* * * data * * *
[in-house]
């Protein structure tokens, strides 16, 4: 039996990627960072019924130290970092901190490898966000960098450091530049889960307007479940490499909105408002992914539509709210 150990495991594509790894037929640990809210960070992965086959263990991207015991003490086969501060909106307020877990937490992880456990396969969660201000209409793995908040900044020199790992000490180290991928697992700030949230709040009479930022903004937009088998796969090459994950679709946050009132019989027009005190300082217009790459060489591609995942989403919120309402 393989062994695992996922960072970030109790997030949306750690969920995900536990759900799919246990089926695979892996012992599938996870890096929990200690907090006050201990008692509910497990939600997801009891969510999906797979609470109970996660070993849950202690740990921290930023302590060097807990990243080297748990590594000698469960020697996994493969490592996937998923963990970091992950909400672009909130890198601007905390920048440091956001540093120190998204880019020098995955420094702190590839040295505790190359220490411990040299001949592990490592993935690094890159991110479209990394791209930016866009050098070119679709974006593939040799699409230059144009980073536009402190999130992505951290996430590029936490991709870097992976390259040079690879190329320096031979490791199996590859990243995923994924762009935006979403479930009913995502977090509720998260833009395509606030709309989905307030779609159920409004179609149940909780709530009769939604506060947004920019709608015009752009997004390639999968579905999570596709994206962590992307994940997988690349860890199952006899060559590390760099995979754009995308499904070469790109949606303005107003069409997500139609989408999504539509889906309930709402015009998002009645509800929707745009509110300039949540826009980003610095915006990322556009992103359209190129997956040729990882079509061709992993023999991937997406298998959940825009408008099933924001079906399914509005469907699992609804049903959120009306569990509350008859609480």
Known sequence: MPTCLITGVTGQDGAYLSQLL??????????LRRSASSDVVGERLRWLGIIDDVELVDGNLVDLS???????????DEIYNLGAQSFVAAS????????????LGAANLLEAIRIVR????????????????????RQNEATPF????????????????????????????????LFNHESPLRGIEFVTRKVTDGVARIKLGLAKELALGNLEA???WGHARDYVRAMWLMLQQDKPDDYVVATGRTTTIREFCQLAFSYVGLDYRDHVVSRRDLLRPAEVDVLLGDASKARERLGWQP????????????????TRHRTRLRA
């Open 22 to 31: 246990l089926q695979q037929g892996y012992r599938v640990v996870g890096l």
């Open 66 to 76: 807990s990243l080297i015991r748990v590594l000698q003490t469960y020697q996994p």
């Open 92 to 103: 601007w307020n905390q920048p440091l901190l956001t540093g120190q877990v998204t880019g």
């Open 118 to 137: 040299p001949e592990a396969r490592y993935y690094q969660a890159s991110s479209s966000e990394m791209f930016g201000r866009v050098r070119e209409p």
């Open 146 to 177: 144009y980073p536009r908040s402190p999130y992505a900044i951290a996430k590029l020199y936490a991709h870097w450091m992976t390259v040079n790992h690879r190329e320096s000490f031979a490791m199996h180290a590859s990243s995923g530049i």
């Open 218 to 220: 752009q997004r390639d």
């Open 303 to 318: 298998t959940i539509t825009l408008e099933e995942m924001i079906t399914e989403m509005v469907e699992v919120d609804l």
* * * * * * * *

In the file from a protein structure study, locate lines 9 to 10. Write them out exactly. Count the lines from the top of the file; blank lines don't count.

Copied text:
């Open 218 to 220: 752009q997004r390639d």
């Open 303 to 318: 298998t959940i539509t825009l408008e099933e995942m924001i079906t399914e989403m509005v469907e699992v919120d609804l």